May 04, 2020 - 985 views|
During the COVID-19 crisis, it's essential to establish an engaging culture that keeps employees motivated and connected, regardless of their location.
Companies all over the world are adjusting to a “new normal.” Morning standups, friendly watercooler talk, company-sponsored happy hours and everything in-between have been replaced by virtual interactions – or don’t happen at all.
Working in a fully distributed virtual environment is a big adjustment to navigate even in normal circumstances, without having to also contend with unprecedented socioeconomic and behavioral upheaval. Right now, more than ever, employees need a community that is socially motivating, provides personal growth and empowers them to lead.
But in a world in crisis, it’s easy to overlook the importance of overcoming cultural impediments. This is unfortunate considering the true value that work culture has in creating happy, fulfilled and trusted employees who contribute significantly to the bottom line. Conversely, according to one study, disengaged employees cost companies between $450 billion and $550 billion a year.
While processes and protocols are important, they aren’t the sole answer – especially amid a crisis. To successfully emerge from the pandemic, it’s equally important to establish an engaging work culture focused on keeping employees happy and connected, regardless of their location.
Reaching Out to Employees, Wherever They Are
It’s no secret that culture has become uber-important over the last several years. In a 2018 study, nearly 50% of job seekers cited company culture as important when applying for a new work role. In our own practice, we’ve seen this as a recurring theme. When candidates ask questions like, “What are your studios like?” “What can I expect if I have an issue?” “What does collaboration look like?” it’s clear culture matters. Our culture is marked by our passion for new technologies; our mindset that in order to transform, you must accept the notion that it’s a continual, learning process; and our community focus, where collective value outweighs any one individual.
Therefore, it’s imperative that organizations establish and radiate their cultural values not just internally, but also externally. This is critical during a pandemic like the COVID-19 crisis, because connection and value contribution is challenging when we are working remotely in mandated isolation chambers.
Establishing a culture that promotes engagement goes well beyond hosting the occasional awkward (but fun) Zoom happy hour. It also goes beyond selecting which conference platform should be the environment of choice. Even for companies that don’t already have some sort of work-from-home policy and are starting with the basics, the question should be: How can we ensure teams feel they’re part of a community that’s socially motivating, provides personal growth and challenges them to succeed in this new environment?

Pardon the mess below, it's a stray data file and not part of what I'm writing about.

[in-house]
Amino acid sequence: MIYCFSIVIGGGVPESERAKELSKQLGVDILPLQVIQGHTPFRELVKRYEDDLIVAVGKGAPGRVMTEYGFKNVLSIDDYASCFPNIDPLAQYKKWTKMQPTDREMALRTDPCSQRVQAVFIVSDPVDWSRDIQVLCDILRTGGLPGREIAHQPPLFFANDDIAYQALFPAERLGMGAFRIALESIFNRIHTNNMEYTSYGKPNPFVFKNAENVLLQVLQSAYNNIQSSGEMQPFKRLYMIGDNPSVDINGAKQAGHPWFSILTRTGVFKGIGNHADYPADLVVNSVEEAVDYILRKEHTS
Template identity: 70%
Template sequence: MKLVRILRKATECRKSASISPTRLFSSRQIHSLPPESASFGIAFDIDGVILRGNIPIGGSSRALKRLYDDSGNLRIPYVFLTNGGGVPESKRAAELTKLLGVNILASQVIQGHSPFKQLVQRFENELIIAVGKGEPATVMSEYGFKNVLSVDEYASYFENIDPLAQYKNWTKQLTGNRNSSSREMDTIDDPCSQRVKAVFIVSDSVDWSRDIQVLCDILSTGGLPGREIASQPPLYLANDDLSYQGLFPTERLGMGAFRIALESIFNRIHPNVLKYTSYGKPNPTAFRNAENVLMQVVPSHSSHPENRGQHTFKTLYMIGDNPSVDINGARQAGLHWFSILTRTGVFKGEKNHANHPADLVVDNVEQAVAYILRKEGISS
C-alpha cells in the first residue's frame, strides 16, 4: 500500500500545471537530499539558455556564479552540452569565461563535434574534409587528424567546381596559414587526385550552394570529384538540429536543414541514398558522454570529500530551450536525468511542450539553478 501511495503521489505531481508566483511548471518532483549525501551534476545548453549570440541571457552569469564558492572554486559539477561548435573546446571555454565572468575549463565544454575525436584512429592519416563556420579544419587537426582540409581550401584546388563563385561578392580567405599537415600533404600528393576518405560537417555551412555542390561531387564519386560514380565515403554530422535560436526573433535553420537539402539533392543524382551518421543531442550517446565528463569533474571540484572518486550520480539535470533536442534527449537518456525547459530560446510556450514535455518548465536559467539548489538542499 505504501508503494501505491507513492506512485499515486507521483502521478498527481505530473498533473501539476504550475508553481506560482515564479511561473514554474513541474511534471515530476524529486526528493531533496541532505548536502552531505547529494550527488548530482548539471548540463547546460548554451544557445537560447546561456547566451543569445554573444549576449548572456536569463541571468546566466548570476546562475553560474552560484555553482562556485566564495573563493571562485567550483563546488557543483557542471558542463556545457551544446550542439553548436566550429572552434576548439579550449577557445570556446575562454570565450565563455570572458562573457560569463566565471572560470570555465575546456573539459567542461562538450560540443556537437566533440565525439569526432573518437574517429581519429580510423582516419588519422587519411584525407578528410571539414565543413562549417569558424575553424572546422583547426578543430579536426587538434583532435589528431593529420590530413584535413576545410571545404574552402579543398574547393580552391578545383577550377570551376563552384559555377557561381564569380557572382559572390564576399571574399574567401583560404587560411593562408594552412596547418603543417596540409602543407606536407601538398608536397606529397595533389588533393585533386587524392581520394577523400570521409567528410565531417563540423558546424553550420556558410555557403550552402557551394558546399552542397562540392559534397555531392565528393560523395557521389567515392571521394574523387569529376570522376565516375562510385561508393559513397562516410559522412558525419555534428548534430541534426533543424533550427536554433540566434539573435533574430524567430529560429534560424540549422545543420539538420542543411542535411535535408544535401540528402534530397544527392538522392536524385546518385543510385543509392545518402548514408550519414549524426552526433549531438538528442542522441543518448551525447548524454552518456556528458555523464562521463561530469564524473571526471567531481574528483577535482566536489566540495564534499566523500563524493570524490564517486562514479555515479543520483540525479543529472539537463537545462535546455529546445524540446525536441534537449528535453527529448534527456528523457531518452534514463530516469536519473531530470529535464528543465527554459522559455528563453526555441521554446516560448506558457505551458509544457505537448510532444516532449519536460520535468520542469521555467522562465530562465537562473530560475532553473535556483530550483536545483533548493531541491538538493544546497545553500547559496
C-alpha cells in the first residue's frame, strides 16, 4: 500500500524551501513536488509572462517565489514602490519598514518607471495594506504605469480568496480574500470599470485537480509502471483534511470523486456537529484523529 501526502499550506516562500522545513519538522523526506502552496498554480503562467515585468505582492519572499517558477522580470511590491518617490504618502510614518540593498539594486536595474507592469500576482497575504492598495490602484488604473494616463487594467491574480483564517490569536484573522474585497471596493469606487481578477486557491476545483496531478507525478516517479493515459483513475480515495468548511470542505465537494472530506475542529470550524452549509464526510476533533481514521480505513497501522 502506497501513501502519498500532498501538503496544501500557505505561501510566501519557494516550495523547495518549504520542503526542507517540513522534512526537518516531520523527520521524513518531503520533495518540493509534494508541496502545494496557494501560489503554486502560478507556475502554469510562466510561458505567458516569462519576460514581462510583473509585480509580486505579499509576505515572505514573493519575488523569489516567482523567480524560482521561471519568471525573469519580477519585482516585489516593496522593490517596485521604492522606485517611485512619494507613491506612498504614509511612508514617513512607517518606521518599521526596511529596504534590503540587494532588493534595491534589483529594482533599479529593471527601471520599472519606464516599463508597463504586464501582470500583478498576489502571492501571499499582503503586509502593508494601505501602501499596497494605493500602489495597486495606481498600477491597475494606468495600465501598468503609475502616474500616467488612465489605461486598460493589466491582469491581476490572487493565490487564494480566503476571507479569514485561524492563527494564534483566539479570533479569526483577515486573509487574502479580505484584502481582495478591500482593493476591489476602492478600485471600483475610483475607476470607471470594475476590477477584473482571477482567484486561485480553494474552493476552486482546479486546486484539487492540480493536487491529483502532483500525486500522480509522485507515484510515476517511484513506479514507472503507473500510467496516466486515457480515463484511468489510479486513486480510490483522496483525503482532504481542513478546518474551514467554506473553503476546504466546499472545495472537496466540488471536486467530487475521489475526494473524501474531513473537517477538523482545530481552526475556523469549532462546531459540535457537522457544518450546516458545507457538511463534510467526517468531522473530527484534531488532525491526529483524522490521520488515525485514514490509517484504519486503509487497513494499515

Creating A Cultural Framework
Former Campbell’s Soup CEO Doug Conant once said:“ To win in the marketplace, you must first win in the workplace.” Winning amid a pandemic will take creativity, innovation and an even greater hunger to succeed, with the starting point being culture. To make sure that culture is palpable to all employees, even with more people working remotely, we’ve implemented the following practices:
By building a culture with continuous, clear communication that embraces co-ideation, joint problem-solving and individual metrics crafted to grow both the business and personal careers, organizations can amplify engagement exponentially. With broader and deeper engagement, better outcomes can be achieved in record time – location notwithstanding.
Connecting the Dots
Replacing a once bustling, healthy office culture may be challenging, but it’s a challenge worth fighting for, given the uncertainty surrounding COVID-19. After all, this is our new normal, at least for the time being, with 61% of full-time employees in the U.S. now working from home, up from 33%, according to Gallup. During these unprecedented times, employees need to feel empowered, heard, valued and challenged to approximate business as usual.
Once companies embrace (or at least accept) a virtual workplace, they can reinforce a business culture that isn’t dependent upon being physically together. From there, they can shift their focus to building and nurturing that culture to enable productivity and growth over the near and long term, should another crisis emerge.
Visit our COVID-19 resources page for additional insights and updates.